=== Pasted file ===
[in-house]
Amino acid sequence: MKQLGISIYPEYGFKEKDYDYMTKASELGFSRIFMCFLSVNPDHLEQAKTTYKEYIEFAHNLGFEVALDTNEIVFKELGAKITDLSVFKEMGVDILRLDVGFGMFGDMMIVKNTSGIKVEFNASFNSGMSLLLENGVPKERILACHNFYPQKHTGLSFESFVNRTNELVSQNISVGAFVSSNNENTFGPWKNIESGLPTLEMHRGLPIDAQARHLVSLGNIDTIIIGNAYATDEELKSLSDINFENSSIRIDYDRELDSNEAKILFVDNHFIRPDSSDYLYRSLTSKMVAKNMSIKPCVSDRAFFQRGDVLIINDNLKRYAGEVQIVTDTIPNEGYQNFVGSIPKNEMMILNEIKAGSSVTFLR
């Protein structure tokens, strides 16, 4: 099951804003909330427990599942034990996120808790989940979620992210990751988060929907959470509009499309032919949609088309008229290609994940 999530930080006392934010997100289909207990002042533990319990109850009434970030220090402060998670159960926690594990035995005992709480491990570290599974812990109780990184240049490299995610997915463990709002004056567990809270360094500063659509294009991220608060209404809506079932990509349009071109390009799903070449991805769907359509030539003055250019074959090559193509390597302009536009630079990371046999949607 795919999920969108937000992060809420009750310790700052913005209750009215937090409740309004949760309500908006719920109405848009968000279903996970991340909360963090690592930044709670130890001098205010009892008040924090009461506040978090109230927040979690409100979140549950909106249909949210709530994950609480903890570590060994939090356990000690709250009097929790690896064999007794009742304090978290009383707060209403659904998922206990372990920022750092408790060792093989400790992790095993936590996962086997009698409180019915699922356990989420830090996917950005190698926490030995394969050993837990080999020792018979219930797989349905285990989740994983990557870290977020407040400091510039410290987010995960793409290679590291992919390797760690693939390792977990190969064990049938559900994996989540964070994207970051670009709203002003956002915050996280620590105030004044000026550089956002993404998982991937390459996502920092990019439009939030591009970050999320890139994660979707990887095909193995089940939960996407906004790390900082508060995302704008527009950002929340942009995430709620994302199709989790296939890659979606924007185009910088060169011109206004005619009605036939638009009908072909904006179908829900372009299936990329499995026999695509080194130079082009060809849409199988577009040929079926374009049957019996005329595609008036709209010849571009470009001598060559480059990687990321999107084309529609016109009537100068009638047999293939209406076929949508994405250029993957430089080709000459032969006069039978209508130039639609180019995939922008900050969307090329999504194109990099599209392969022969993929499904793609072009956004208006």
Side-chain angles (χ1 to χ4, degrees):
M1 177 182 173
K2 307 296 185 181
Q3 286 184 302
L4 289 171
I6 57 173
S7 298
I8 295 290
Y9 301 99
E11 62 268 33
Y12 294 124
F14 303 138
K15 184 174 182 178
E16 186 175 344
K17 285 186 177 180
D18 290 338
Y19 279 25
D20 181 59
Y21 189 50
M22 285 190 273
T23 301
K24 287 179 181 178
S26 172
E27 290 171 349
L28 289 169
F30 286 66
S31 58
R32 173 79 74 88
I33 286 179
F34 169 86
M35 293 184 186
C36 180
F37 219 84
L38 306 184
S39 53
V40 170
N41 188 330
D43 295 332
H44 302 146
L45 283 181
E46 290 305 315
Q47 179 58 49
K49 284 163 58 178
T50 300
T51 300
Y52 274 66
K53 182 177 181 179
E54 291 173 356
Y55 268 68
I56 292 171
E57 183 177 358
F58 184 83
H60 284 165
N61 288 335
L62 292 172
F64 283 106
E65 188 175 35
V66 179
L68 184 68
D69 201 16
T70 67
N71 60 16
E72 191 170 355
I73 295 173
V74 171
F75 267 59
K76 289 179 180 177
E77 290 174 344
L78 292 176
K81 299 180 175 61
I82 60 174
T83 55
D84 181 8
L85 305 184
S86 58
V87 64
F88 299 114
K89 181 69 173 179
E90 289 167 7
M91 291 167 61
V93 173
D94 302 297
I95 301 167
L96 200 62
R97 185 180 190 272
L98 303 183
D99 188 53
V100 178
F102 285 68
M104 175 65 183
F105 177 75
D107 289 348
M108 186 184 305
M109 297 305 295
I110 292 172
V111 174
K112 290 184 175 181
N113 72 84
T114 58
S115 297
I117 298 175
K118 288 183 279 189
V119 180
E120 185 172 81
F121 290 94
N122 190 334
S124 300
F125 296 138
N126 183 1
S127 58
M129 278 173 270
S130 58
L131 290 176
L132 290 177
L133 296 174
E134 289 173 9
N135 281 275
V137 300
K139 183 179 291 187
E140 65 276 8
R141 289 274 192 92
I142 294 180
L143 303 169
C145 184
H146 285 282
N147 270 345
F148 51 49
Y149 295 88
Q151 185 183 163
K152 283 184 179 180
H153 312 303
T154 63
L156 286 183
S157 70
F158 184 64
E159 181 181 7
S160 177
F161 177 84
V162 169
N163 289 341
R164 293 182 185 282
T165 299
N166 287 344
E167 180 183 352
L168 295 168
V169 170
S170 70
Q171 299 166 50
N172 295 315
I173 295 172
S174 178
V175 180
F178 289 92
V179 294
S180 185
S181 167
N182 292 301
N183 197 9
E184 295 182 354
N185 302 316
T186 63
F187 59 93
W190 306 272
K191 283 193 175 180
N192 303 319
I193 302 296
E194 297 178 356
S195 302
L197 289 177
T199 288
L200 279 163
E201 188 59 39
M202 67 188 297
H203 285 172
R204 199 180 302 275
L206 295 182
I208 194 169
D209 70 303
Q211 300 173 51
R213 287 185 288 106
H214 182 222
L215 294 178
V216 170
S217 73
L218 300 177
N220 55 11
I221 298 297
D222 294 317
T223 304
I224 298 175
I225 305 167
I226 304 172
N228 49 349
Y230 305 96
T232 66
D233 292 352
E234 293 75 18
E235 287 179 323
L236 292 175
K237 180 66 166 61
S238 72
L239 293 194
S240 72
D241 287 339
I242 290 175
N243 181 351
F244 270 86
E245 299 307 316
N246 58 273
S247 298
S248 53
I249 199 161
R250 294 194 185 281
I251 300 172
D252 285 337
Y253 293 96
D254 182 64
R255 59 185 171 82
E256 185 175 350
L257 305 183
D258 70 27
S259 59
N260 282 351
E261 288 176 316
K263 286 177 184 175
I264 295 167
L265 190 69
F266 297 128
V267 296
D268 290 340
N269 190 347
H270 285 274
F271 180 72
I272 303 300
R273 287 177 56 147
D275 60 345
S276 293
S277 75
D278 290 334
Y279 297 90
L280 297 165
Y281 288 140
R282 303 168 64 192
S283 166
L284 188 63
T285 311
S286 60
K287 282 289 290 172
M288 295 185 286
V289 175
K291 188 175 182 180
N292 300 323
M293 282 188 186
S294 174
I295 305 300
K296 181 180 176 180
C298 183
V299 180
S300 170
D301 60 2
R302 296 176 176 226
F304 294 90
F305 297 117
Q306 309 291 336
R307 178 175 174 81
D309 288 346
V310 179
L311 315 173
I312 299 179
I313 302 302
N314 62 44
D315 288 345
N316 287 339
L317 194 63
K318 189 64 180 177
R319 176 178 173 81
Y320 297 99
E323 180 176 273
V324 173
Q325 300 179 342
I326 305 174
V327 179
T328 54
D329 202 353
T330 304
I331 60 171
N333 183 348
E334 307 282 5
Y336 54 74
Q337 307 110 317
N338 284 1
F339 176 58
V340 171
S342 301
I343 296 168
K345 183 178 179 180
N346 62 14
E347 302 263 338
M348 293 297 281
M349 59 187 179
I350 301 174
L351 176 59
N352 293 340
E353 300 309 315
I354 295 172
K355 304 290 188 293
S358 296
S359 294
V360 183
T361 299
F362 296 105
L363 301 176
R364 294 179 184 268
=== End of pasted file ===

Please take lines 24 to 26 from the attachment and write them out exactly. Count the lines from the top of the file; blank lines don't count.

T23 301
K24 287 179 181 178
S26 172